Saudi Arabia is a kingdom located in the Middle East between the Persian Gulf and the Red Sea. It borders Jordan, Iraq, and Kuwait to the north, Yemen to the south, and Oman, the United Arab Emirates (UAE), and Qatar to the east.

Unlike most Muslim majority countries of the Middle East, where personal status laws have been codified for the various religious communities, Saudi Arabia does not have a codified family law. The religion of Saudi Arabia is Islam and its constitution is the “Book of God Most High and the Sunna of His Prophet.” This means the rule of Saudi Arabia draws its authority from the Quran and the sayings and deeds of the Prophet of Islam. Consequently, Sharia courts apply, in cases brought before them, the rules according to the Quran, the Sunna and the interpretations of these two divine elements given by major scholars in the Hanbali School of Thought, which is the dominant school of jurisprudence in the kingdom.

Without going into details about the Schools of Thought in Sunni and Shi’i Islam, it is worth to note here that Islamic Sharia is explained within the context of Four Schools of jurisprudence in Sunni Islam and three Schools within the Shi’a community. These are known in Arabic as Madhaahib, singular Madhab. In other words, each Muslim majority county applies the rules of Islamic Sharia according to one or more of these Schools. Saudi Arabia, for example applies the rules of Hanbali jurisprudence, while Lebanon and Syria apply the rules according to Hanafi School of Thought for the Sunnis. In Indonesia, they apply the rules of Shafi’i. (For more information on the distribution of Schools of Thought in the Islamic world, see: http://veil.unc.edu/religions/islam/law/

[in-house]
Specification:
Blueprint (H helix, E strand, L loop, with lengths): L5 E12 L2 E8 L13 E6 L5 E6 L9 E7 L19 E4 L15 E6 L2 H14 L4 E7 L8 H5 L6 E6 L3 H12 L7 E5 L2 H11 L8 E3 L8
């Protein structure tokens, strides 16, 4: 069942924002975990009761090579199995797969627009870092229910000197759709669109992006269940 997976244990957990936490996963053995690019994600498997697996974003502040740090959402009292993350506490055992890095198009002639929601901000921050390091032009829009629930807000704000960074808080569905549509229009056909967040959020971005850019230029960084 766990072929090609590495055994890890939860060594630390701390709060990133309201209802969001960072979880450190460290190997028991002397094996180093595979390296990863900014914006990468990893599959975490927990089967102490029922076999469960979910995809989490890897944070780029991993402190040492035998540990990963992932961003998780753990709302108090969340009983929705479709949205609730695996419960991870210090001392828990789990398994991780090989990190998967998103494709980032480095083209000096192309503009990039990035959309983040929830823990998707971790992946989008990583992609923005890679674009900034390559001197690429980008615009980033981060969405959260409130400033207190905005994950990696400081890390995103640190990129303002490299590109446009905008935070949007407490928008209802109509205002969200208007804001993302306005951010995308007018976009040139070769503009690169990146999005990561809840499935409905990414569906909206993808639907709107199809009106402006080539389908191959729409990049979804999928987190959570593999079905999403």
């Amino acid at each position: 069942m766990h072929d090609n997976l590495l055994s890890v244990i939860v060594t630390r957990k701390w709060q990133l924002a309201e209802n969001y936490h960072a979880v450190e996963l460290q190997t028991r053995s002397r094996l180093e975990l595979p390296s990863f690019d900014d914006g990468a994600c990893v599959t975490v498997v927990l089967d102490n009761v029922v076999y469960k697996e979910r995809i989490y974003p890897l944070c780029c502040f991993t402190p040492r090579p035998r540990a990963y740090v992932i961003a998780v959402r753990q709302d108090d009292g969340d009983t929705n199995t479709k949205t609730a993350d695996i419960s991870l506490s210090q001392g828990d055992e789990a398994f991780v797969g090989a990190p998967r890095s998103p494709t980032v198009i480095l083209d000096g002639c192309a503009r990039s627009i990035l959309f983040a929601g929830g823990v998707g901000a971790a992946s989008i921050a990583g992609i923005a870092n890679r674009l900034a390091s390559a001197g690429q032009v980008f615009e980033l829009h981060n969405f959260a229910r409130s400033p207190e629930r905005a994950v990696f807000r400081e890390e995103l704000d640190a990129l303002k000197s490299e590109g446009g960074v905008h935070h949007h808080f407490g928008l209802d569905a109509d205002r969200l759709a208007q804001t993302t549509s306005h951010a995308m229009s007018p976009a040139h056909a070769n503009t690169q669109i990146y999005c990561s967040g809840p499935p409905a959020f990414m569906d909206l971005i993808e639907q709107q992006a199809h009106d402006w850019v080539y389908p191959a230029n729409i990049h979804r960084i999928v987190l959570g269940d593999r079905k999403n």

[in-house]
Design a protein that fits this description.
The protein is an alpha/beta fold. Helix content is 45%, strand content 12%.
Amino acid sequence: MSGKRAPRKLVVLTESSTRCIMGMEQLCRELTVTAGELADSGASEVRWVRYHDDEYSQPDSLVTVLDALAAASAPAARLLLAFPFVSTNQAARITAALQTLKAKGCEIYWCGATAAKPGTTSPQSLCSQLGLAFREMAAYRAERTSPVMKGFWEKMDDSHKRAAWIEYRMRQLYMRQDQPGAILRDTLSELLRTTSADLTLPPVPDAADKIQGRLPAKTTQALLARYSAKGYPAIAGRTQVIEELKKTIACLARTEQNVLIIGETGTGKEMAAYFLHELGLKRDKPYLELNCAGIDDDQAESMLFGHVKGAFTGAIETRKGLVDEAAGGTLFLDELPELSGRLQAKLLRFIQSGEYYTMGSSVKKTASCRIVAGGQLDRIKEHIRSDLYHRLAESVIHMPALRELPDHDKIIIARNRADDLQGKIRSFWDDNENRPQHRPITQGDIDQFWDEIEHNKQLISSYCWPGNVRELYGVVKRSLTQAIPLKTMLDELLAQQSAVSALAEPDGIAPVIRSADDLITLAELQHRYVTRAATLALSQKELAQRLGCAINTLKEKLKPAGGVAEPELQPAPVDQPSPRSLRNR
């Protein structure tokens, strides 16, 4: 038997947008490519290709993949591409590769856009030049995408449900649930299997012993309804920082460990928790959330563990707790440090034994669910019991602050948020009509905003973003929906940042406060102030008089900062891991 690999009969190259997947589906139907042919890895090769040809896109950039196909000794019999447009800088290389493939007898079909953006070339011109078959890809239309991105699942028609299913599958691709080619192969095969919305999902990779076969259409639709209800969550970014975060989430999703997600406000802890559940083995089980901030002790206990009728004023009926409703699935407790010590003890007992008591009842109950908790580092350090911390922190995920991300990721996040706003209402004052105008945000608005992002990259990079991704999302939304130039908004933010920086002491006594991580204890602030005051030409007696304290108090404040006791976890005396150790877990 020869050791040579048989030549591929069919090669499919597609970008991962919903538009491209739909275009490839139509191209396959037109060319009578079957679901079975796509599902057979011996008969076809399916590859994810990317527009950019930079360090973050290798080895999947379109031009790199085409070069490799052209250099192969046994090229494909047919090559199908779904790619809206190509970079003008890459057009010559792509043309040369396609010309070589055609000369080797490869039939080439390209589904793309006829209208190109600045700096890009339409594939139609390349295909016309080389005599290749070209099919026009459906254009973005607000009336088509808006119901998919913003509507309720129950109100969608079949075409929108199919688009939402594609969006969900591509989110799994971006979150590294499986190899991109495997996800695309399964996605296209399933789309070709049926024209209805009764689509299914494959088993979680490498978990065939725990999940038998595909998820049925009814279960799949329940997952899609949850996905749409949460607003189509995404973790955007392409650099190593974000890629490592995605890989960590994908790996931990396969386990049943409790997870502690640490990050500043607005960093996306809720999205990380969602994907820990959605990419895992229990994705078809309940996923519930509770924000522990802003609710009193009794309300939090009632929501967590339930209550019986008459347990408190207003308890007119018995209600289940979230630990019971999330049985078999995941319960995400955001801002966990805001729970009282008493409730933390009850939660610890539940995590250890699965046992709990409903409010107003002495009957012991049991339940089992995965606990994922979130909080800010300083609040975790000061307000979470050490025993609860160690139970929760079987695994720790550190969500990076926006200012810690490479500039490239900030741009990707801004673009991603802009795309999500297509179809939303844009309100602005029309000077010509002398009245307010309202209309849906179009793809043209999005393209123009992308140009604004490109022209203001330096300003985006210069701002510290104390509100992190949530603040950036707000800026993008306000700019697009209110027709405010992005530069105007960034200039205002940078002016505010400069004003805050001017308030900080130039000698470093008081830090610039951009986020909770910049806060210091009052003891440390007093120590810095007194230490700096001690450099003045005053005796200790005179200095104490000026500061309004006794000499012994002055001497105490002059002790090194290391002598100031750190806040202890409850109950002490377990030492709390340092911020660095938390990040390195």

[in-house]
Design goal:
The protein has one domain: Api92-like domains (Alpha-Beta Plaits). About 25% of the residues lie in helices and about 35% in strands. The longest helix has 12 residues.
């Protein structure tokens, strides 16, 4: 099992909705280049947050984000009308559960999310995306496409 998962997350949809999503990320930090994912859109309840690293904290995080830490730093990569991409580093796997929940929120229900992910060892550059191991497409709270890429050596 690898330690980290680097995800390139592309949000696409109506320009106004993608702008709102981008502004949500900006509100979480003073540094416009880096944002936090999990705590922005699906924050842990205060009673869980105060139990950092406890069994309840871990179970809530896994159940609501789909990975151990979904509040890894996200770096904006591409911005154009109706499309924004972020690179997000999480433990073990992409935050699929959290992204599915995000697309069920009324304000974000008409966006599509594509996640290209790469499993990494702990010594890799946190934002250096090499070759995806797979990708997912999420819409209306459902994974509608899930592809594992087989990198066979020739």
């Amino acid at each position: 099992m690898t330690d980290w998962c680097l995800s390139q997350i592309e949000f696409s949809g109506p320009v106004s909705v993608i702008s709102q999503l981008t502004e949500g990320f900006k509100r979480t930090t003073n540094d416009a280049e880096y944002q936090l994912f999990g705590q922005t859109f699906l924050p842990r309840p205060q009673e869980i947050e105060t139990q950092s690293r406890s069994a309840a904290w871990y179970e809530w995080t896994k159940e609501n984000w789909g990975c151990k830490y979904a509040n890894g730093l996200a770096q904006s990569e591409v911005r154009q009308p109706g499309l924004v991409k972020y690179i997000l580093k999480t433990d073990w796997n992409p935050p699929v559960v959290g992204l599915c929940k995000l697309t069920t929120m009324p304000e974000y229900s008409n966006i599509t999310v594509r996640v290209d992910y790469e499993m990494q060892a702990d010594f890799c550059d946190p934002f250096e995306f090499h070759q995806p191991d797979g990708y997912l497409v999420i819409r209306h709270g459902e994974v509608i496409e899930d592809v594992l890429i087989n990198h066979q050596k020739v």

Custody Orders Are Determined by Religion, Gender, and Age of the Child

Custody orders issued by Saudi Shari’a courts are based on religion, gender of the child, and his or her age. The most important criteria in Saudi custody orders is that the custodian father will take care of the children by bringing them up within the Islamic faith. This means that the religion of the father determines the custody of his children; a child born of a Muslim father, his or her custody goes directly to the father without taking into consideration the Western notion of the ‘best interest of the child.’

In the event of divorce, custody of girls and boys belong to the father when they reach age of seven. Girls are not given a choice to live with the mother or father, but boys are usually give that choice.

Saudi courts generally do not award custody of children to non-Saudi women. If the mother is not Arab Muslim, judges will not grant her custody of the children.